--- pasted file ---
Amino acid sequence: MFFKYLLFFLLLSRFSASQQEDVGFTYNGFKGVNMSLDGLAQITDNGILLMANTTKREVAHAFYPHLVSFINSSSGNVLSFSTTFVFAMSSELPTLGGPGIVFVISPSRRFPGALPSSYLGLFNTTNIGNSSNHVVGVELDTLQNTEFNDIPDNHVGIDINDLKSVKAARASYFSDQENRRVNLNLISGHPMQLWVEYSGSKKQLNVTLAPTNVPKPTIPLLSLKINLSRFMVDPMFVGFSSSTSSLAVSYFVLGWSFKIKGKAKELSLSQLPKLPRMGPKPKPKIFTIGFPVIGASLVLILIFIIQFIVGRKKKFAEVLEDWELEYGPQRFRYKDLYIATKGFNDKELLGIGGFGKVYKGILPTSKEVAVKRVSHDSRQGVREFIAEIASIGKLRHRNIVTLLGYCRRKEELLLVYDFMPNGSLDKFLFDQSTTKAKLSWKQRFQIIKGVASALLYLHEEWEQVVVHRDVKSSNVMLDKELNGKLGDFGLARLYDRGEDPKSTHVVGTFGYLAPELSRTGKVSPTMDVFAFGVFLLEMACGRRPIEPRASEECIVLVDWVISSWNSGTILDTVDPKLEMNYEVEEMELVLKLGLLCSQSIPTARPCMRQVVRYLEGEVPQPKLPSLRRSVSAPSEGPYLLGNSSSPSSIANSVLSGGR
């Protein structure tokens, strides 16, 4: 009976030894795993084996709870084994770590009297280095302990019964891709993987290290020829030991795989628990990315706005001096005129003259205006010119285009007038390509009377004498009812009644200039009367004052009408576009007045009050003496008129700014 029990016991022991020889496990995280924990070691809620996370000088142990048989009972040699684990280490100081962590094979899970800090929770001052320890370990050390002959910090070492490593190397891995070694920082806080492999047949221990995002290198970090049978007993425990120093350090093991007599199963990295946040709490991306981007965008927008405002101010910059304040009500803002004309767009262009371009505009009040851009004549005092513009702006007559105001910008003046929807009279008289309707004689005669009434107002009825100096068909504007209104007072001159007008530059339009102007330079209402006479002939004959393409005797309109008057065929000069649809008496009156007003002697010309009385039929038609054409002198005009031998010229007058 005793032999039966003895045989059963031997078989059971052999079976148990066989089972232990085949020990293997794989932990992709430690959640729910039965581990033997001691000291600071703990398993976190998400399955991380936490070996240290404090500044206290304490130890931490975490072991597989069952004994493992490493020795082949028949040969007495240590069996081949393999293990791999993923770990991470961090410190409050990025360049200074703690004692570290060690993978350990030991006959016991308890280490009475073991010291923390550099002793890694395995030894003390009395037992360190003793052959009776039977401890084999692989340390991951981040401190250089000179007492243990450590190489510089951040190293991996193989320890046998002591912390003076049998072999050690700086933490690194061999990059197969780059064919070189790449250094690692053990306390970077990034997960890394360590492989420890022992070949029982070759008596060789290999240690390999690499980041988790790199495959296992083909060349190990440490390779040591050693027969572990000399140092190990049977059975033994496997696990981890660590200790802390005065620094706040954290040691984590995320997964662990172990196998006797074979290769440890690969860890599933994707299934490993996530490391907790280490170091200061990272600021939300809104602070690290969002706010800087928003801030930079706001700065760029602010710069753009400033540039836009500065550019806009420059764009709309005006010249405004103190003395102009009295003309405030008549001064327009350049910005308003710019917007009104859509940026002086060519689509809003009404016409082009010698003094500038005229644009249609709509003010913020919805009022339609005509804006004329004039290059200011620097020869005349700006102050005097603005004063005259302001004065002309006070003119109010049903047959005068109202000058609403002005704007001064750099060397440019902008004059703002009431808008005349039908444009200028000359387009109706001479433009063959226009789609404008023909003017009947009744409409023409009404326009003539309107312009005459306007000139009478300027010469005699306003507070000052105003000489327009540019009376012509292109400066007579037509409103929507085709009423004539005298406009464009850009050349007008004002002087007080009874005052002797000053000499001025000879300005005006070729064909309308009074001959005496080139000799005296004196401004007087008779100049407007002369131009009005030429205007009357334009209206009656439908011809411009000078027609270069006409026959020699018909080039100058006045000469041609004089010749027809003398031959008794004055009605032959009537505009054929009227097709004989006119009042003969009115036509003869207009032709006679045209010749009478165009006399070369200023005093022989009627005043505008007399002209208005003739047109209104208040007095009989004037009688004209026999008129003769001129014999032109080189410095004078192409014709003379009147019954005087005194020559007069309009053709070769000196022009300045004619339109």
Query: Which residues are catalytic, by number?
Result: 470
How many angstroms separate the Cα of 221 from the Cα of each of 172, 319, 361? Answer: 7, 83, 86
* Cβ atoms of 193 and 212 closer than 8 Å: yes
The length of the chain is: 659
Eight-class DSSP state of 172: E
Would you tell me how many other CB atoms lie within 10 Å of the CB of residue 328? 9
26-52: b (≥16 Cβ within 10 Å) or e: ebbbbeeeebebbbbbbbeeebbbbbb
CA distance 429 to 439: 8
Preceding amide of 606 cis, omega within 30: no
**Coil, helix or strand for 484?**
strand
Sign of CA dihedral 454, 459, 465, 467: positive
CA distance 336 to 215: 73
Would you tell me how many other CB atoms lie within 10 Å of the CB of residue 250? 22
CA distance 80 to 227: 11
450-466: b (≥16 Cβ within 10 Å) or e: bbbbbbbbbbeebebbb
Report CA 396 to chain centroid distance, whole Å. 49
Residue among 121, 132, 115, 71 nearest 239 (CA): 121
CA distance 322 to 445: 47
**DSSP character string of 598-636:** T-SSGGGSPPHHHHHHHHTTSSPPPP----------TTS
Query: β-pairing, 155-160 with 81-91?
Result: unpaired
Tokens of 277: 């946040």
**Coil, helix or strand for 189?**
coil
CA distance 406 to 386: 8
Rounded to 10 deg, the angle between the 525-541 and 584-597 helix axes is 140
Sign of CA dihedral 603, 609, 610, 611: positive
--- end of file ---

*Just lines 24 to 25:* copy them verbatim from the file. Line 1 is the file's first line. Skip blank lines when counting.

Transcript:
Query: β-pairing, 155-160 with 81-91?
Result: unpaired